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The Lonely Battle of Thomas Reid – Film Review

The Lonely Battle of Thomas Reid – Film Review by Frank L.

Directed by Fergal Ward

Thomas is a bachelor who lives on a farm of approximately eighty acres which lies outside Maynooth, on the old main Dublin/Galway road, just after the Intel factory and before the Carton estate. The Industrial Development Authority (IDA) became interested in Thomas’s farm without specifying precisely why. However, the presence of the technology behemoth Intel in such close proximity to the farm would lead any dispassionate observer to consider that Intel might have some interest.

Thomas farmed the land by raising cattle on it. He was not a man who was interested in luxuries and lived alone in the house with an accumulation of yellowing newspapers, bundles of old correspondence and much other “junk” besides. He did not throw anything out. Around the yard of his farm, there was a strong sense of using items for more than one purpose. He clearly did not believe in the throwaway economy. The way in which Thomas lived might lead you to believe that the farm was in some remote location but of course it was anything but a remote location. It was right beside one of the most high tech facilities in the world.

Reid was also thrifty as demonstrated by buying the supermarket’s own label fish rather than a more expensive branded product. He indulged himself hardly at all but one of his pleasures was to ring his local radio station to make a request for a song from his more youthful years. The pleasure on his face when talking to the radio presenter was immense. A man of simple pleasures who enjoyed his life the way it was, thank you very much. He did not need it to be disturbed. He did not want or need more money.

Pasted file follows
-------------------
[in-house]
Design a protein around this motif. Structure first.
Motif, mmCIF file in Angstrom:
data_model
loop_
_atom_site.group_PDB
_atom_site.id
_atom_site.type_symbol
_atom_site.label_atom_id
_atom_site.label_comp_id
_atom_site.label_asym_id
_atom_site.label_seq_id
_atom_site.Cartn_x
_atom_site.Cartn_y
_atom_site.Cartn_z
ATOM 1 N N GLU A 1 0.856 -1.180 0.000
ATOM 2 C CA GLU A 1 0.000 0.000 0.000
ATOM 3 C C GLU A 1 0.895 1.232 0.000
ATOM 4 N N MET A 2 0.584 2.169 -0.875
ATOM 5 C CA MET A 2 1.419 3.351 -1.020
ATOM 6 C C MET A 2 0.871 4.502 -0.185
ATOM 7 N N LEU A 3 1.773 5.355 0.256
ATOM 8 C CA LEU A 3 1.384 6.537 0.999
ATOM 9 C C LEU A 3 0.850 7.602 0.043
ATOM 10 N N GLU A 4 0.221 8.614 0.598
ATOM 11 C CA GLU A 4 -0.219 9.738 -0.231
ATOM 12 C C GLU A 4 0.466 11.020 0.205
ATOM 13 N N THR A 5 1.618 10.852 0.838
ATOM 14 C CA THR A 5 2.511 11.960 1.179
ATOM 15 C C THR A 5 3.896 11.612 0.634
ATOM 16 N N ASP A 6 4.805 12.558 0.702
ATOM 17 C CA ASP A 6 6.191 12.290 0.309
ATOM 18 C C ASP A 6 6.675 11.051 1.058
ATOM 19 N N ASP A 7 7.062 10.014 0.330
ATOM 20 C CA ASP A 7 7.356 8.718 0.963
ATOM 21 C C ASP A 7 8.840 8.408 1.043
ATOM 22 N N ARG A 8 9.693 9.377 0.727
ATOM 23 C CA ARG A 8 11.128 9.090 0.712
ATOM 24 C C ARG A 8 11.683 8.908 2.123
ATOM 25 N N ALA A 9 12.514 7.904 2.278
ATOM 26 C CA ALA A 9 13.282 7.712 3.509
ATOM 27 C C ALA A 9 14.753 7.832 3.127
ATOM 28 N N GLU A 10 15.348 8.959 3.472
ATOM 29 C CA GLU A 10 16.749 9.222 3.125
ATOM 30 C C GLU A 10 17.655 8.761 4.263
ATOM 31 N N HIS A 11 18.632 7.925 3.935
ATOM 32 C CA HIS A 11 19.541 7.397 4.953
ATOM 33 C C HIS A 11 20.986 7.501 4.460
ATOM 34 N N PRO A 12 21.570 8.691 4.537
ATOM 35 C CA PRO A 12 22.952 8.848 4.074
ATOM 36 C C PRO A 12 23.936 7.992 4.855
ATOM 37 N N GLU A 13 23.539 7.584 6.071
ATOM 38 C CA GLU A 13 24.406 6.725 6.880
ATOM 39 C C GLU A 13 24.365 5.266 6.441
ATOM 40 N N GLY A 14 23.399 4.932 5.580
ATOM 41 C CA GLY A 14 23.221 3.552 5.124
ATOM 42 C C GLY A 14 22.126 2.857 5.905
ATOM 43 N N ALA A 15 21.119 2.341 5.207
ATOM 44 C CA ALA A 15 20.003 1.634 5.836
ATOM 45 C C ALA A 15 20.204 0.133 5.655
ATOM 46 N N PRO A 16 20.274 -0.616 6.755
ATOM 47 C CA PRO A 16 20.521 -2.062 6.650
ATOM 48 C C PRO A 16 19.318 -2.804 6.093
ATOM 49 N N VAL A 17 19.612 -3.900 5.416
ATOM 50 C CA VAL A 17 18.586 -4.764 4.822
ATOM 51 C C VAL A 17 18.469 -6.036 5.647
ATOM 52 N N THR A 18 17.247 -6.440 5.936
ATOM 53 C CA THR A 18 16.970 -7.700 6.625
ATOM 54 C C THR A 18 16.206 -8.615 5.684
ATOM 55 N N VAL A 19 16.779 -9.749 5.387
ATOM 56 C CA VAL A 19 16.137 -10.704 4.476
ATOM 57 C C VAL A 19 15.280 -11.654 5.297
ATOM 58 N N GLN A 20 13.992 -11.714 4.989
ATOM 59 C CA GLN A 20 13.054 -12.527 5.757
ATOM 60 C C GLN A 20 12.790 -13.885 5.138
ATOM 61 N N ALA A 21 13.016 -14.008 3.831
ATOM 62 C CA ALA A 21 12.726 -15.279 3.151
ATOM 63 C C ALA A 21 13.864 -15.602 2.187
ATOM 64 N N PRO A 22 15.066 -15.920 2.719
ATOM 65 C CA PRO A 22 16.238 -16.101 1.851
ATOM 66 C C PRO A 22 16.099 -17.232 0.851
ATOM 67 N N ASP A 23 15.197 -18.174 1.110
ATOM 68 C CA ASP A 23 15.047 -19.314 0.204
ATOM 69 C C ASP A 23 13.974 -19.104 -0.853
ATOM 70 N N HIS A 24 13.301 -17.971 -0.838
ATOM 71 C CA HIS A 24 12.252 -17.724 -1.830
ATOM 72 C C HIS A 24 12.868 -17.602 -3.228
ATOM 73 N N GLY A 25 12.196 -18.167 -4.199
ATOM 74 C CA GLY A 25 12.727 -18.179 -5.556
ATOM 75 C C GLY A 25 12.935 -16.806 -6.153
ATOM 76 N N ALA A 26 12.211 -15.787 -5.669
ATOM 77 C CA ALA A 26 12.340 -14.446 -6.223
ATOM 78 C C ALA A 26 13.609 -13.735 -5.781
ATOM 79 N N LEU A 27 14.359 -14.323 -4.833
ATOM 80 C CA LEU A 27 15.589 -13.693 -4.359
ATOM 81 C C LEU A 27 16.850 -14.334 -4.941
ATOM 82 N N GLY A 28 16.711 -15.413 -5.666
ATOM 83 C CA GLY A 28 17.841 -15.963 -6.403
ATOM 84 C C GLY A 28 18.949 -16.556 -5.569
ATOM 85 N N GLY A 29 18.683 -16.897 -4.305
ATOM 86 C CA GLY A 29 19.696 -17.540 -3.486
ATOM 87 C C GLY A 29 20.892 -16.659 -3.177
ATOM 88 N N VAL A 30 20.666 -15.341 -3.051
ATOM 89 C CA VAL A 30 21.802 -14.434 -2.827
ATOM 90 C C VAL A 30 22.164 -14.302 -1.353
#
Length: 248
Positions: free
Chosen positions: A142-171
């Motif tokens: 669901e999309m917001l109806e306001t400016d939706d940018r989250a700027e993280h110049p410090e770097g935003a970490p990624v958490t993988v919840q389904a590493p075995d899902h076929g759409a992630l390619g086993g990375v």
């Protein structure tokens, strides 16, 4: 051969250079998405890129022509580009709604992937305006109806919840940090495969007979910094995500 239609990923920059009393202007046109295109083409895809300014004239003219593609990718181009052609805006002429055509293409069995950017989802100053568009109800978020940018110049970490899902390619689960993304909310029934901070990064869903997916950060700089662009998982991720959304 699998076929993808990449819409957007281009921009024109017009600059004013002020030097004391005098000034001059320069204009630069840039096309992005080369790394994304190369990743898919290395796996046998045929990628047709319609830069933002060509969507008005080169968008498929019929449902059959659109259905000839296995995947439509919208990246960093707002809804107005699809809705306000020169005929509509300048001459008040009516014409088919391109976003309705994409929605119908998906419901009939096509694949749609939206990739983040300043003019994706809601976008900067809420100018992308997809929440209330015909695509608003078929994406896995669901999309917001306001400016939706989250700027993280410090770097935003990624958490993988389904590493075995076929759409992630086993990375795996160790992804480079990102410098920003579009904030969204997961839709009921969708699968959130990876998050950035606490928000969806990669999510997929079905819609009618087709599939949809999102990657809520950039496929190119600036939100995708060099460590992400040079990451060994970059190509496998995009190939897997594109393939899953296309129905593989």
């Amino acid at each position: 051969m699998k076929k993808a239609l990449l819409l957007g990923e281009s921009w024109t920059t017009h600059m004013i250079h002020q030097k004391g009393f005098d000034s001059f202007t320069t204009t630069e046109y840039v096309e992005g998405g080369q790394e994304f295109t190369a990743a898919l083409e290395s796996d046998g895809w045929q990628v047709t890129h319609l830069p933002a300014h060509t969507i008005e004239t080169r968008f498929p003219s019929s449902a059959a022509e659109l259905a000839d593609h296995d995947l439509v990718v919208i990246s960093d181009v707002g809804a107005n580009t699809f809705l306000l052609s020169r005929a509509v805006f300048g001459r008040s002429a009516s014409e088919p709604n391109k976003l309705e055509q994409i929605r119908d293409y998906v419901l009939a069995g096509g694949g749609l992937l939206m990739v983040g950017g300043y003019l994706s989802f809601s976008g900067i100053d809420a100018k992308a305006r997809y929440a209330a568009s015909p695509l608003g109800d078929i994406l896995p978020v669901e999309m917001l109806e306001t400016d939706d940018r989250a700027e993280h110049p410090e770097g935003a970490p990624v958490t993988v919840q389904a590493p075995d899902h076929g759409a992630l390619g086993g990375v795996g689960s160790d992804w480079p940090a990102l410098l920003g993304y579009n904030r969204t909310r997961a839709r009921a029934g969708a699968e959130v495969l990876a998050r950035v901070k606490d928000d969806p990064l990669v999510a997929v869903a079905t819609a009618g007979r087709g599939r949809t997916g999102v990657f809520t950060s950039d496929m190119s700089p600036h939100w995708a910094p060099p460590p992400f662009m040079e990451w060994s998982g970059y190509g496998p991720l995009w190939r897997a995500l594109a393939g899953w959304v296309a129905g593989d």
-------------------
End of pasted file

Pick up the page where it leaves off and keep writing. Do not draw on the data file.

However, his simple existence was of little or no concern to the IDA who decided to buy his farm. He was not interested in selling the farm at any price. No amount of cajoling by representatives of the IDA could budge him. Therefore the IDA issued a compulsory purchase notice to acquire the farm under the Industrial Development Act 1986. Thomas met the challenge by issuing proceedings which resulted in a High court trial and a Supreme Court appeal.

Ward shows the calm, slow-moving world of Thomas tending his cattle which stand in stark contrast with the initial aerial photographs of the vast Intel facility. Two entirely different in scale, economic activities are taking place side by side.

Thomas himself is filmed doing his daily chores around the farm and in the house with some occasional commentary by him. The bustling world of big business is represented by the IDA and their agents. These parts are played by actors as are the barristers and judiciary in relation to the trial and the appeal. Imaginatively Ward uses the actual farmyard as the locus of the court room scenes. There is a surreal quality to see, on a farm, barristers and the judiciary attired in their black and white uniforms, gowns billowing in the breeze, as they speak words from the official transcript of the legal proceedings. The end result are court “room” scenes which have a striking veracity and which are far more effective than many staged for more melodramatic effect in conventional courtrooms.

Ward has used skill to tell this David and Goliath story. The inequality of the protagonists is stark. However, the simplicity of Thomas’s position and the arrogance of the IDA created a stick to beat them with.  Ward has taken a contemporary aspect of life in the twenty first century and shown that a David still has a huge contribution to make to the overall well-being of society.

 

 

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Categories: Header, Movie Review, Movies

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